WFH Pressures Accelerate Cloud Security Demand

The demand to secure cloud services, already high due to digital transformation investments, grew even more following the big push to work from home as a result of the novel coronavirus pandemic. So it’s no wonder cloud security is on the minds of so many organizations.

According to a new survey from the Cloud Security Alliance, and sponsored by Proofpoint, 83% of respondents cite security as a top priority for improvement. About 90% of those surveyed are already using or plan to use a cloud security broker, yet half of the respondents said that they don’t have the staff to take full advantage of cloud security products. Another 34% cited cloud security product complexity as an inhibitor to adoption.

When it comes to cloud access security brokers (CASB), 55% of respondents said that they use their CASB to monitor user behaviors, and 53% to obtain better transparency into unauthorized access. The CSA conducted the survey online from March to May of this year and was submitted to more than 200 IT and security professionals from organizations of various sizes and in differing locations.

Not only did cloud security take top priority, at 83%, but it also took top priority by a considerable margin—application security came in as the second priority, at 43%, and endpoint security was third, at 37%.

Respondents were asked where their users store their sensitive information, and by far, Microsoft Sharepoint took the top spot at 69%, followed by Azure (47%), Amazon Web Services (40%), Google Drive (31%) and ServiceNow (27%). “It should be noted that 84% of respondents selected more than one location. This indicates that the sensitive data that security professionals are aware of is spread out among multiple cloud services,” the report said.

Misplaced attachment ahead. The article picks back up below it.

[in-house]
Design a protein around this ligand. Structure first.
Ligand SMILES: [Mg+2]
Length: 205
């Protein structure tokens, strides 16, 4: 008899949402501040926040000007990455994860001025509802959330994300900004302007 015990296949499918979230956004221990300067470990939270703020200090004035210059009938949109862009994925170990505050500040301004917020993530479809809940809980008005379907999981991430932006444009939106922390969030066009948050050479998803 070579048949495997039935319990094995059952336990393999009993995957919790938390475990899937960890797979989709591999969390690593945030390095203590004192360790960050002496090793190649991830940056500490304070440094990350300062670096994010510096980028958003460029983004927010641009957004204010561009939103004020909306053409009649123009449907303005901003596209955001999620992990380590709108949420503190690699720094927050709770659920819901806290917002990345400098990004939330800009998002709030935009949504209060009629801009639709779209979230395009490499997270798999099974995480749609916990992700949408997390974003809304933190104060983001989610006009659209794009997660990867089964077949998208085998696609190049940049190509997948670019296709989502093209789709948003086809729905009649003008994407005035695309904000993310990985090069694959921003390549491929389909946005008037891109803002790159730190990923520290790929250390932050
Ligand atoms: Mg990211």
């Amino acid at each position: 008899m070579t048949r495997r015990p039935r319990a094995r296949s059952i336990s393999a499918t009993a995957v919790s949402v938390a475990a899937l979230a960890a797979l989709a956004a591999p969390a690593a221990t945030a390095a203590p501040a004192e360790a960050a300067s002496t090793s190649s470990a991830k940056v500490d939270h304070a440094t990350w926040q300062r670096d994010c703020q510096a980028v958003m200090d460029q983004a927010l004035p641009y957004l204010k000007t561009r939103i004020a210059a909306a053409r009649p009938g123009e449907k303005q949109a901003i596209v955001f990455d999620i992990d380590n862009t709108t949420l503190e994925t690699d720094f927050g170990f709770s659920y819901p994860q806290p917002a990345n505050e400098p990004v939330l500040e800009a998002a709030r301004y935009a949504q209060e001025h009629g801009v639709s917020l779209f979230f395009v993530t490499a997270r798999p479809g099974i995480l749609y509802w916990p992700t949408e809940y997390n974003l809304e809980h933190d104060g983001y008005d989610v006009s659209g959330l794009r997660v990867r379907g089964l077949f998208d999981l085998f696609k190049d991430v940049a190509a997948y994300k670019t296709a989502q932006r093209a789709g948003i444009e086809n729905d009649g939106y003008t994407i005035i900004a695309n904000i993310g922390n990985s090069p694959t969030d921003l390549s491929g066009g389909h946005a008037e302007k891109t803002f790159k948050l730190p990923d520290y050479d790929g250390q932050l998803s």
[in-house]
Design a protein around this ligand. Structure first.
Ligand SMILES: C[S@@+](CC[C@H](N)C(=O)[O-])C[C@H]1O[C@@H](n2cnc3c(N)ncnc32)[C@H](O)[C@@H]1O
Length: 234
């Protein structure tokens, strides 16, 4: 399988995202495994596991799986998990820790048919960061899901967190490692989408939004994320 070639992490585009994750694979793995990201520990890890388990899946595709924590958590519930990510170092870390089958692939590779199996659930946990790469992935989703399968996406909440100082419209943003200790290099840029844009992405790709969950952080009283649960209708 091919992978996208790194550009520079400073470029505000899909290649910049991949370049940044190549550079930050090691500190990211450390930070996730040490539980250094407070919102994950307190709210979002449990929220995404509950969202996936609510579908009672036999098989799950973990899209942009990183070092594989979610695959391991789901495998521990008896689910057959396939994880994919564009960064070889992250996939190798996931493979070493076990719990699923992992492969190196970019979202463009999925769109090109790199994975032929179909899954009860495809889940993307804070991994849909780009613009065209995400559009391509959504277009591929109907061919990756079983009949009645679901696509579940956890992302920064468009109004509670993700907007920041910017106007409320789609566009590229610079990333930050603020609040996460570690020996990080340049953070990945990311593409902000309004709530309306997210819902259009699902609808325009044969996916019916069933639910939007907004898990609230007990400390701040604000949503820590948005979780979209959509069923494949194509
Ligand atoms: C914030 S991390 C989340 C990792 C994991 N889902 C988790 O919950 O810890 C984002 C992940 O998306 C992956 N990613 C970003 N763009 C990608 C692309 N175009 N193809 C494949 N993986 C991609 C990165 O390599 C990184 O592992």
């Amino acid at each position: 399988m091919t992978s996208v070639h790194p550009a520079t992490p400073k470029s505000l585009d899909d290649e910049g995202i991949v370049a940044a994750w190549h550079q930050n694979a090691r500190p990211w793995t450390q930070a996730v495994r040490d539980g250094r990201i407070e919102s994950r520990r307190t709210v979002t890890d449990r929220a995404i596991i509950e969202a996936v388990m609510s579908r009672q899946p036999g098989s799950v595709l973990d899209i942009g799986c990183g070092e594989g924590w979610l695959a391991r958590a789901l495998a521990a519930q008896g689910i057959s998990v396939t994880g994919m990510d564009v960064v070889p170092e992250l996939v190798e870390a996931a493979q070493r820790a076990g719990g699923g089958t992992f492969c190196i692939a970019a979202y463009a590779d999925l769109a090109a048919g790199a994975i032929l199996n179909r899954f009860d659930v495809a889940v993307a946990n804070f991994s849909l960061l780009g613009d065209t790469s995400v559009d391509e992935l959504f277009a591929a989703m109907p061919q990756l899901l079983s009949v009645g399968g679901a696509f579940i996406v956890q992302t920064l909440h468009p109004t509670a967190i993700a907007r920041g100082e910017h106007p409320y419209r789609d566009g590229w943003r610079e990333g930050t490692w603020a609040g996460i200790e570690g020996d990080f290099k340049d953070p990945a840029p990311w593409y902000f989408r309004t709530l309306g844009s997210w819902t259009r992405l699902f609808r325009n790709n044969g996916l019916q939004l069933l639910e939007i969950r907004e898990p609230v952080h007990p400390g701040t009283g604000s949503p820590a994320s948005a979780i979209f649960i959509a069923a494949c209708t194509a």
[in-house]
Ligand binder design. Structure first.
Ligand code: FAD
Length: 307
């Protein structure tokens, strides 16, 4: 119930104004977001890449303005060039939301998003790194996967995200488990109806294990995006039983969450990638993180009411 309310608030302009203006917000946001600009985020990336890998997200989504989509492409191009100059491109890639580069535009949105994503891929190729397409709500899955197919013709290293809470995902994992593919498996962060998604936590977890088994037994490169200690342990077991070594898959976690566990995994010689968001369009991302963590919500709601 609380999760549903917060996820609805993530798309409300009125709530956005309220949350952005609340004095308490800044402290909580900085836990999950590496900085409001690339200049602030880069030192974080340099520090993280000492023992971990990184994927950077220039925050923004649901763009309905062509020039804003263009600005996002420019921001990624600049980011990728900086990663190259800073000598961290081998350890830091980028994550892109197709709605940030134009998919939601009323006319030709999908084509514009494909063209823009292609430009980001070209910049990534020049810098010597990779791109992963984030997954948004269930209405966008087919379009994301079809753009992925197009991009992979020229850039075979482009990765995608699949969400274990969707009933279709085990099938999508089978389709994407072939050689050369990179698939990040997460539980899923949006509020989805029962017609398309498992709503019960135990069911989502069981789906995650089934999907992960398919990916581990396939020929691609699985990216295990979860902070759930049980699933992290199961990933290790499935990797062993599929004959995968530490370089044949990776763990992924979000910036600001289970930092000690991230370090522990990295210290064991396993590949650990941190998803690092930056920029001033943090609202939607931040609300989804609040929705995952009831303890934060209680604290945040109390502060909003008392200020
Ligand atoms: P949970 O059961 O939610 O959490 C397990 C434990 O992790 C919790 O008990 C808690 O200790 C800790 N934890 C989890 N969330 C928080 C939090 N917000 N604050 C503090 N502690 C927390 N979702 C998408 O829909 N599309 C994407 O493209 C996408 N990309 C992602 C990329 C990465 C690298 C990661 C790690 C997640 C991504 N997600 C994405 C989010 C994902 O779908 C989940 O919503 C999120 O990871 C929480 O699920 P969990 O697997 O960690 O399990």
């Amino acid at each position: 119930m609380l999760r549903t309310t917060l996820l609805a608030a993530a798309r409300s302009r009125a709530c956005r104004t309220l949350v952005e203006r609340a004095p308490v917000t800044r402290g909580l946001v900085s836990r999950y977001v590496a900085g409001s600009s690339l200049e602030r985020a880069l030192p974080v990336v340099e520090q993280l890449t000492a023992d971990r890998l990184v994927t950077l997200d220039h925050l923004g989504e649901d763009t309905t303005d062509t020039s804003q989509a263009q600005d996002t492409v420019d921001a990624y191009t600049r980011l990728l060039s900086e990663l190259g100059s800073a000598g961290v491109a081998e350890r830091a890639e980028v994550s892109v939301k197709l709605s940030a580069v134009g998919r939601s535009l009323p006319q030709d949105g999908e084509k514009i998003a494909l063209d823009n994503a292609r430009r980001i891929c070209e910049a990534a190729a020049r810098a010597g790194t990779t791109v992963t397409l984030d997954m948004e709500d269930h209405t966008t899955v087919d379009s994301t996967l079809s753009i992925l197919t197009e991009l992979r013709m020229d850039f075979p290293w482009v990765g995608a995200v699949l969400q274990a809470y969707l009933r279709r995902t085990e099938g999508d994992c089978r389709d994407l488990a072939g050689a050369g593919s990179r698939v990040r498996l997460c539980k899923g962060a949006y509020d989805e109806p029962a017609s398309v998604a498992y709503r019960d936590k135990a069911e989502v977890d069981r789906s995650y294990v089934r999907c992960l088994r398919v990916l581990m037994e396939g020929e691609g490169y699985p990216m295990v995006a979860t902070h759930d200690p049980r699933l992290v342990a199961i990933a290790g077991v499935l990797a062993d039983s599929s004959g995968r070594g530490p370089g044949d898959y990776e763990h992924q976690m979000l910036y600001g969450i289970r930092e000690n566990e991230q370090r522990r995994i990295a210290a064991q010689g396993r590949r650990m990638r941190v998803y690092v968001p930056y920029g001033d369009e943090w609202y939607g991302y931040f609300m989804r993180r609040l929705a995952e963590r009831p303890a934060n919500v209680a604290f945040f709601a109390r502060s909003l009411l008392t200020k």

The essential CASB features, professional security respondents said, are the ability to discover sensitive data, locate and track cloud services used and direct user activity—each ranked as high importance. “The same security professionals were also asked about how they utilize their CASB for visibility. The top reported answers were ‘monitoring user behaviors (55%) and unauthorized access’ (53%). … Though there are many visibility features being leveraged with CASBs and it is a common use case, few features are heavily utilized consistently,” the report said.

Interestingly, about one-third (29%) of respondents use multiple CASBs.

Finally, the report exposed some concerns surrounding CASB effectiveness in multi-cloud cloud environments across infrastructure and platform-as-a-service environments. Respondents only rated CASB effectiveness in this use case, on average, as “medium.” “Couple this finding with the findings that organization’s sensitive data is stored in IaaS and PaaS platforms like AWS and Azure, this indicates that this is likely an area of confusion and security professionals may be struggling to utilize their CASB for these purposes either due to the lack of staffing or expertise or perhaps the complexity of the product,” the report said.

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